In order to adequately prepare for another major crack-down from the South Korean government, we urge you to hear the urgency of this matter and to share this story of the resistance of Pyeongtaek farmers with your communities. We must tell the entire world of the injustices of the US government. It is planning a massive military build-up in Korea. Once again, the US war agenda will continue to destroy people’s lives.
In order to understand this struggle we ask that you join the people of Pyeongtaek in Pyeongtaek. It is important that you become an eyewitness to the struggle in the place of struggle. Hearing the stories of resistance directly from the farmers will inspire you.
We know that the military power is overwhelming, but that will not stop us. We must all take part in this struggle to put a stop to this inhumane venture.
Our message of solidarity needs to be delivered not only to the Korean government but also to the US government.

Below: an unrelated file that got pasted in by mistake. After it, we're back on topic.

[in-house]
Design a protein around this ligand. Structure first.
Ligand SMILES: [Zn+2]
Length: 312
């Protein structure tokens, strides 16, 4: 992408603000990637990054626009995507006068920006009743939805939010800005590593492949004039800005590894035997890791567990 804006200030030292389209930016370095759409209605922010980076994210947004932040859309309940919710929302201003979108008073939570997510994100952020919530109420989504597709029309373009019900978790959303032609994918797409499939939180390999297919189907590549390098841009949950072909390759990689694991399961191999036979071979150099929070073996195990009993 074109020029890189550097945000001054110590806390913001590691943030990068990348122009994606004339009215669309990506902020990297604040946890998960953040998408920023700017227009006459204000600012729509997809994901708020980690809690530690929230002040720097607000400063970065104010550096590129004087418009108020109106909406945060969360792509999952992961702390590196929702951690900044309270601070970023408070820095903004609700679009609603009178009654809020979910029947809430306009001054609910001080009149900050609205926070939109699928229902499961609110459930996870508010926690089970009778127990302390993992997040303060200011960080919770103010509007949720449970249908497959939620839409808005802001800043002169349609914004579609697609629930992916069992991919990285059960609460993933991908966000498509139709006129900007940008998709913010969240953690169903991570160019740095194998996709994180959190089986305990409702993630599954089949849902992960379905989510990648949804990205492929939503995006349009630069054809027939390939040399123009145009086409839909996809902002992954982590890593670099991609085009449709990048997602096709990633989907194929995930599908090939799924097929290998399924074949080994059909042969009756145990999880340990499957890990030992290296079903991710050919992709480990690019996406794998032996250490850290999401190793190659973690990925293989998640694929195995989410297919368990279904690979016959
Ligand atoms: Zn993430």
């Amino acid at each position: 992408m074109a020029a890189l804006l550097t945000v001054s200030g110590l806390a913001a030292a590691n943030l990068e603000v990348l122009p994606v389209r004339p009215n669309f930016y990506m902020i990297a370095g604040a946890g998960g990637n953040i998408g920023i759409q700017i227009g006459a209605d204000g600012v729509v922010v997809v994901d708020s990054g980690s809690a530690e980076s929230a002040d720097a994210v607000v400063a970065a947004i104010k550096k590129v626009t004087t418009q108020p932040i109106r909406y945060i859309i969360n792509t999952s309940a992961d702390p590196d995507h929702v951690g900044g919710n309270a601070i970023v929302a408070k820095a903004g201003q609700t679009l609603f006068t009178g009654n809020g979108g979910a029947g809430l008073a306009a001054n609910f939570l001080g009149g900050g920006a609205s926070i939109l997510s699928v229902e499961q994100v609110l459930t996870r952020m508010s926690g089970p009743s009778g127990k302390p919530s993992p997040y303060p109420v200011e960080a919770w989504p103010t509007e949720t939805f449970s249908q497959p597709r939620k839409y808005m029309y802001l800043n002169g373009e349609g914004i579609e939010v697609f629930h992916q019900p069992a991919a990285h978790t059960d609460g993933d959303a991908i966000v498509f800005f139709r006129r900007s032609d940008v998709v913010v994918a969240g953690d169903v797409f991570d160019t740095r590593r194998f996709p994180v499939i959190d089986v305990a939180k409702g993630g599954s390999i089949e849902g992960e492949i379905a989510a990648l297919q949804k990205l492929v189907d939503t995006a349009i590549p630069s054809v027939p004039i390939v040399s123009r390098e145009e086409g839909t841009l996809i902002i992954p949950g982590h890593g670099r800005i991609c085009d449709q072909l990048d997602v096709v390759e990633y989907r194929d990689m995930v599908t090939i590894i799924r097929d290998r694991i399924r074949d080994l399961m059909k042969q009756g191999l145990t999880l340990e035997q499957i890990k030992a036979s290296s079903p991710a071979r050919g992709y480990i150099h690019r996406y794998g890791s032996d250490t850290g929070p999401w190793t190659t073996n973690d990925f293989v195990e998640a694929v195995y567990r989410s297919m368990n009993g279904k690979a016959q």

Our message needs to reach the Congress and the mainstream media.
If needed, we will send a delegation from South Korea to the US to carry out this mission.
We hope that all of us can work together strategically in order to place real pressure on the US government to renegotiate this agreement.
As we are fully aware, the US military is occupying communities around the world. It is creating war and causing destruction, death, pollution, illness and grave suffering.
The US needs to stop investing its taxpayers’ hard earned money into building up its war machine. It is about time that taxpayers’ money be spent on education and on serving the needs of the community at large.